MORE DISGRUNTLED SOLDIERS JOIN PNG REVOLT

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By Craig Skehan Foreign Affairs Correspondent in Canberra

CANBERRA, Australia (March 13, 2002 – Sydney Morning Herald)---Rebellious soldiers in Papua New Guinea, who refused yesterday to hand in a seized cache of automatic firearms and grenade launchers, won support from a group of disgruntled personnel at a second military barracks.

This came as a former national MP in Wewak, where the mutiny began at the weekend, warned that the rebels could engage in looting if they ran low on food.

"They have set a deadline of Saturday for a response to their demands and if they don't get what they want there will be more problems," Gabriel Ramoi said. "They are basically worried about retrenchment packages. If the Government works that out, their political demands will fizzle."

More than 60 rebel soldiers at Moem Barracks, who on Saturday raided the armory and burned down two buildings, yesterday threatened unspecified further action if their grievances were not addressed.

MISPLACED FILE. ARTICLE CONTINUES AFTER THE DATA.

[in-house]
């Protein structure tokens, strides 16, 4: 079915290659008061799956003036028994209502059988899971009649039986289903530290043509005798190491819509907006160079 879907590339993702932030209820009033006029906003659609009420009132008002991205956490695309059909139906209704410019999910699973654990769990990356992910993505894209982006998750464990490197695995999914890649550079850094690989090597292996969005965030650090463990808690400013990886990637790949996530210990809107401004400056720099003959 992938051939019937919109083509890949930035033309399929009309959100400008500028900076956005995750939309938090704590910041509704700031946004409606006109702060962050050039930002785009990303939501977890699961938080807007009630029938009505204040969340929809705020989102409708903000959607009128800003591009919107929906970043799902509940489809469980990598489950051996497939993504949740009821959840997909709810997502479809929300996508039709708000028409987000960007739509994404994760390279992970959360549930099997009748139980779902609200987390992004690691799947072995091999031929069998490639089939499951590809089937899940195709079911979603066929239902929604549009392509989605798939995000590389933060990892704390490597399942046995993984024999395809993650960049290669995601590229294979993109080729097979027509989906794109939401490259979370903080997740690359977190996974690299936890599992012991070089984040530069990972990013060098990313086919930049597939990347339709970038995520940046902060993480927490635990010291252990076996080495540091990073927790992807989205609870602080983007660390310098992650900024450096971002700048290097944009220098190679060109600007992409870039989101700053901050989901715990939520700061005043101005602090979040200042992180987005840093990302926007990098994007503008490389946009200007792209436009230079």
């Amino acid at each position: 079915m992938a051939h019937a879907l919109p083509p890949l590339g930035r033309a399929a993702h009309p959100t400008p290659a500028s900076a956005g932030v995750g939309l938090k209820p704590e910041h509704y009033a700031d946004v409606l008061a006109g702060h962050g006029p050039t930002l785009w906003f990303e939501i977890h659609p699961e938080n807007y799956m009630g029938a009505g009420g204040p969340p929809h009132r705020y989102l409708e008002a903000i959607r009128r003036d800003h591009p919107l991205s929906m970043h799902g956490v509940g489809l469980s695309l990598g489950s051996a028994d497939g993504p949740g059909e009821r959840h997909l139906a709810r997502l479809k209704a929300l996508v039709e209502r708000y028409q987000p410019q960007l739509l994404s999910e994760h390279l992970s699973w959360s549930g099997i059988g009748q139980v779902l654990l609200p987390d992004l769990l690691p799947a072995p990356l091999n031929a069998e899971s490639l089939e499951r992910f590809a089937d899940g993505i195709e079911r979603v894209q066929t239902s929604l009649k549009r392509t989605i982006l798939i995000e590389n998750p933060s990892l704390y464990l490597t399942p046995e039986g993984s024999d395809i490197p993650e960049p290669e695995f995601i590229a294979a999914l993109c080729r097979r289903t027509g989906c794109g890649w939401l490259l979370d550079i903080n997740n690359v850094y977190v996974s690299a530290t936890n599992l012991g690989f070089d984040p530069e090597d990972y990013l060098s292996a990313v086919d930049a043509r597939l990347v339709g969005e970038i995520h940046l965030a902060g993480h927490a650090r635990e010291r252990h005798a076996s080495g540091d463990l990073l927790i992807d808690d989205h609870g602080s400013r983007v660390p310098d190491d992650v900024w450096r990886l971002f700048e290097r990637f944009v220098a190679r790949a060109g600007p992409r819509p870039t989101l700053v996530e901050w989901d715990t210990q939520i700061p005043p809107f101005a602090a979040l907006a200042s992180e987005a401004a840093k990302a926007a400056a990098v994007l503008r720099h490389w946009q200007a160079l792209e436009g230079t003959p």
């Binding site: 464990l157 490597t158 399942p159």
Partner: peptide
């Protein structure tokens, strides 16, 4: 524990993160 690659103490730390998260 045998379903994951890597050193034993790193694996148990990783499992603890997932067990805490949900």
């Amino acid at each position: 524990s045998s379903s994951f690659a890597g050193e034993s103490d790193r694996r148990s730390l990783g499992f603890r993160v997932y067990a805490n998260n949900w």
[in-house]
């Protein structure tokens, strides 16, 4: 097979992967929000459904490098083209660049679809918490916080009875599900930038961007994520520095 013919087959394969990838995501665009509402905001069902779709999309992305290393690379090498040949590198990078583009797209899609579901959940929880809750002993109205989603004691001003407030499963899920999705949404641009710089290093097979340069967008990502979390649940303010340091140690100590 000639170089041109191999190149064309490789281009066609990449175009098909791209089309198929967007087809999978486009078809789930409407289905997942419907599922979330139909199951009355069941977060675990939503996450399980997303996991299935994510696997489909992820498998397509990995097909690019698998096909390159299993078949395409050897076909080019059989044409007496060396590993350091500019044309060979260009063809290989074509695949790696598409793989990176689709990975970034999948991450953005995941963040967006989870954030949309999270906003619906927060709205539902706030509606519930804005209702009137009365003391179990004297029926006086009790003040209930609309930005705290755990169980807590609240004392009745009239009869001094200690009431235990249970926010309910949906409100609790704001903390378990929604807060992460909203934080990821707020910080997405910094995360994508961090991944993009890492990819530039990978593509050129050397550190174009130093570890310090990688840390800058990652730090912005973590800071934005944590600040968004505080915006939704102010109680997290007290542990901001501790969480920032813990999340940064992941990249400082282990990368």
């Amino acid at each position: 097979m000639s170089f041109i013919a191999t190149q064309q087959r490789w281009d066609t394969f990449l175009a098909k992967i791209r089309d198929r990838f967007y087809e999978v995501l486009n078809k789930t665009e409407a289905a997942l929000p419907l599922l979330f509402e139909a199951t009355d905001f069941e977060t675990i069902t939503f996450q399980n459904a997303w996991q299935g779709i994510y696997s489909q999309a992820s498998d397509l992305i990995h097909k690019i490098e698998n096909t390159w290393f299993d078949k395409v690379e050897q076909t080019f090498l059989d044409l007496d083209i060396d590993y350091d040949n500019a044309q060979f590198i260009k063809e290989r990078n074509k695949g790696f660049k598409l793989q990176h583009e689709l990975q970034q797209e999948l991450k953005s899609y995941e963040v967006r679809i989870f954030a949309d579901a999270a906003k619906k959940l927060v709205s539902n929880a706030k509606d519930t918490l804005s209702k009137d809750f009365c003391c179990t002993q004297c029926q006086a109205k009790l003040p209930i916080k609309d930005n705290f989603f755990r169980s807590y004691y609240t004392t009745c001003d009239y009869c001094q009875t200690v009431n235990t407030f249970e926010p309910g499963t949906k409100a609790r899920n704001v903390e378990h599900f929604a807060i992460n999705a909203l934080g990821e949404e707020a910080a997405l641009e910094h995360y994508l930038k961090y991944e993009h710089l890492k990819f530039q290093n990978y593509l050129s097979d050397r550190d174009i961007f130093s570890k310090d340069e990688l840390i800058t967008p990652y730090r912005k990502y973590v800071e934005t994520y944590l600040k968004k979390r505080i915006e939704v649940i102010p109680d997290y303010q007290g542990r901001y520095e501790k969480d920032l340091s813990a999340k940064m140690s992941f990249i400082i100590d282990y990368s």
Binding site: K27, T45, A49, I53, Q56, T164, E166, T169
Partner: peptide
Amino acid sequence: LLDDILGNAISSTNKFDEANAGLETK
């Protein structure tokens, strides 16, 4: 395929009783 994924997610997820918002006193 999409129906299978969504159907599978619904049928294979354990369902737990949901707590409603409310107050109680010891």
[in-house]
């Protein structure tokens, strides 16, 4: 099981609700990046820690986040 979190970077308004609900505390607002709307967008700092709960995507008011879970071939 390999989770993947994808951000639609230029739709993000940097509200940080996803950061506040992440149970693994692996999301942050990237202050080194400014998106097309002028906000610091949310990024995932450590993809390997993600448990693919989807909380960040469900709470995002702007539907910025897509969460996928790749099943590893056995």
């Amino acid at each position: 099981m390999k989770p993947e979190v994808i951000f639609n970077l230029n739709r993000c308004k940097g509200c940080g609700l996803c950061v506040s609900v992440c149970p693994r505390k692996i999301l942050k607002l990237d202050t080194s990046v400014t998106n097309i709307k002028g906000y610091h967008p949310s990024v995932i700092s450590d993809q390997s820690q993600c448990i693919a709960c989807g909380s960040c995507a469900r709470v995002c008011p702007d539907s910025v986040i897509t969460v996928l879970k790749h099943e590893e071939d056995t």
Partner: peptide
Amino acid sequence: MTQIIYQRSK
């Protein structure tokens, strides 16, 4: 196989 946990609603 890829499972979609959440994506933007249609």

As well as seeking improved termination packages, linked to a streamlining of the country's factionalized and demoralized Defense Force, the mutineers initially sought the resignation of the Prime Minister, Sir Mekere Morauta. However, PNG military intelligence officers say ordinary soldiers have little enthusiasm for any politicization of the dispute, blaming civilian anti-government activists from Port Moresby for trying to exploit internal military problems.

The PNG Defense Force chief, Brigadier-General Peter Ilau, was reported yesterday as saying the army would look into "every corner and dark alley" to track down outside instigators.

There were reports from Wewak yesterday that some of the officers who fled the Moem Barracks had gone into hiding. This came as The National newspaper said a group of soldiers from the Igam Barracks, in the town of Lae, had backed the demands of the Wewak rebels.

"We are prepared to go when all entitlements are paid in full, not half-half," said one of the soldiers in Lae facing retrenchment.

A spokesman for the Australian Foreign Minister, Alexander Downer, said: "We have made clear to PNG our continuing support for the reform process."

For additional reports from The Sydney Morning Herald, go to PACIFIC ISLANDS REPORT News/Information Links: Newspapers/Sydney (Australia) Morning Herald.

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